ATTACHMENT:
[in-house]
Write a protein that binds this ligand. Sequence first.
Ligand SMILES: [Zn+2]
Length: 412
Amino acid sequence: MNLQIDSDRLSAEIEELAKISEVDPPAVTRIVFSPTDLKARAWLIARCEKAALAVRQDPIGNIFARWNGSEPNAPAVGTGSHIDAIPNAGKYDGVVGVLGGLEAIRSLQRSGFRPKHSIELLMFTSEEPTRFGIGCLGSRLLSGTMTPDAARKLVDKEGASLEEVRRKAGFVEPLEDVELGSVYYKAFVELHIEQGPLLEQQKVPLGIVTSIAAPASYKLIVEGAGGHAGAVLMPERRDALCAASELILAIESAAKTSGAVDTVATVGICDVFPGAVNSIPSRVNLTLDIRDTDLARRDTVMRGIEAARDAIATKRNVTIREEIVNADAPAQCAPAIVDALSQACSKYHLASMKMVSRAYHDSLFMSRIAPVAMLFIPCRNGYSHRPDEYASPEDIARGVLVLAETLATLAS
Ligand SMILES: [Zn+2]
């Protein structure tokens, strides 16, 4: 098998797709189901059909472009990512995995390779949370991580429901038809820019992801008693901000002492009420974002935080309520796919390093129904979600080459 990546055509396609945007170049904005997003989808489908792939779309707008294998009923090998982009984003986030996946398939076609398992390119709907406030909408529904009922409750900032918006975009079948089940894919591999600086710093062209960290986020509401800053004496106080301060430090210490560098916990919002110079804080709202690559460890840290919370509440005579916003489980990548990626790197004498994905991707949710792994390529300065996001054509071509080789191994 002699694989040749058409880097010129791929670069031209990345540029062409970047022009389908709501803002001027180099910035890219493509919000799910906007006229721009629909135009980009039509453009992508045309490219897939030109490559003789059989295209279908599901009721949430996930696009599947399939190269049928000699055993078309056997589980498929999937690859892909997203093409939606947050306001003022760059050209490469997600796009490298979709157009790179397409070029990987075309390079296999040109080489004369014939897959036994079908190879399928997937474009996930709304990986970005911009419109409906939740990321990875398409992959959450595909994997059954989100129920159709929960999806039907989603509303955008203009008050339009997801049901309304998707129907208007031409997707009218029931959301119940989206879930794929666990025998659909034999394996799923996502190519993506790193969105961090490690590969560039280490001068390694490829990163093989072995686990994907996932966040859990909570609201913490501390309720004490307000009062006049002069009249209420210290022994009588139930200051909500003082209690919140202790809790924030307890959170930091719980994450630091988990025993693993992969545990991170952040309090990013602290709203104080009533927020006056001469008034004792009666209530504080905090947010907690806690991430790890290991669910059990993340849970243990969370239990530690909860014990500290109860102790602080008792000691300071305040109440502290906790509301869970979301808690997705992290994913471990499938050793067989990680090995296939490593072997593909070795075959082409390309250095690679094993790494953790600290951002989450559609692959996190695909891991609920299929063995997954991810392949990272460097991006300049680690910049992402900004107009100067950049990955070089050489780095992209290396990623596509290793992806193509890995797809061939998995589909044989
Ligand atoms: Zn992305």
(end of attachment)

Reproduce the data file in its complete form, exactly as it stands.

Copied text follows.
[in-house]
Write a protein that binds this ligand. Sequence first.
Ligand SMILES: [Zn+2]
Length: 412
Amino acid sequence: MNLQIDSDRLSAEIEELAKISEVDPPAVTRIVFSPTDLKARAWLIARCEKAALAVRQDPIGNIFARWNGSEPNAPAVGTGSHIDAIPNAGKYDGVVGVLGGLEAIRSLQRSGFRPKHSIELLMFTSEEPTRFGIGCLGSRLLSGTMTPDAARKLVDKEGASLEEVRRKAGFVEPLEDVELGSVYYKAFVELHIEQGPLLEQQKVPLGIVTSIAAPASYKLIVEGAGGHAGAVLMPERRDALCAASELILAIESAAKTSGAVDTVATVGICDVFPGAVNSIPSRVNLTLDIRDTDLARRDTVMRGIEAARDAIATKRNVTIREEIVNADAPAQCAPAIVDALSQACSKYHLASMKMVSRAYHDSLFMSRIAPVAMLFIPCRNGYSHRPDEYASPEDIARGVLVLAETLATLAS
Ligand SMILES: [Zn+2]
């Protein structure tokens, strides 16, 4: 098998797709189901059909472009990512995995390779949370991580429901038809820019992801008693901000002492009420974002935080309520796919390093129904979600080459 990546055509396609945007170049904005997003989808489908792939779309707008294998009923090998982009984003986030996946398939076609398992390119709907406030909408529904009922409750900032918006975009079948089940894919591999600086710093062209960290986020509401800053004496106080301060430090210490560098916990919002110079804080709202690559460890840290919370509440005579916003489980990548990626790197004498994905991707949710792994390529300065996001054509071509080789191994 002699694989040749058409880097010129791929670069031209990345540029062409970047022009389908709501803002001027180099910035890219493509919000799910906007006229721009629909135009980009039509453009992508045309490219897939030109490559003789059989295209279908599901009721949430996930696009599947399939190269049928000699055993078309056997589980498929999937690859892909997203093409939606947050306001003022760059050209490469997600796009490298979709157009790179397409070029990987075309390079296999040109080489004369014939897959036994079908190879399928997937474009996930709304990986970005911009419109409906939740990321990875398409992959959450595909994997059954989100129920159709929960999806039907989603509303955008203009008050339009997801049901309304998707129907208007031409997707009218029931959301119940989206879930794929666990025998659909034999394996799923996502190519993506790193969105961090490690590969560039280490001068390694490829990163093989072995686990994907996932966040859990909570609201913490501390309720004490307000009062006049002069009249209420210290022994009588139930200051909500003082209690919140202790809790924030307890959170930091719980994450630091988990025993693993992969545990991170952040309090990013602290709203104080009533927020006056001469008034004792009666209530504080905090947010907690806690991430790890290991669910059990993340849970243990969370239990530690909860014990500290109860102790602080008792000691300071305040109440502290906790509301869970979301808690997705992290994913471990499938050793067989990680090995296939490593072997593909070795075959082409390309250095690679094993790494953790600290951002989450559609692959996190695909891991609920299929063995997954991810392949990272460097991006300049680690910049992402900004107009100067950049990955070089050489780095992209290396990623596509290793992806193509890995797809061939998995589909044989
Ligand atoms: Zn992305």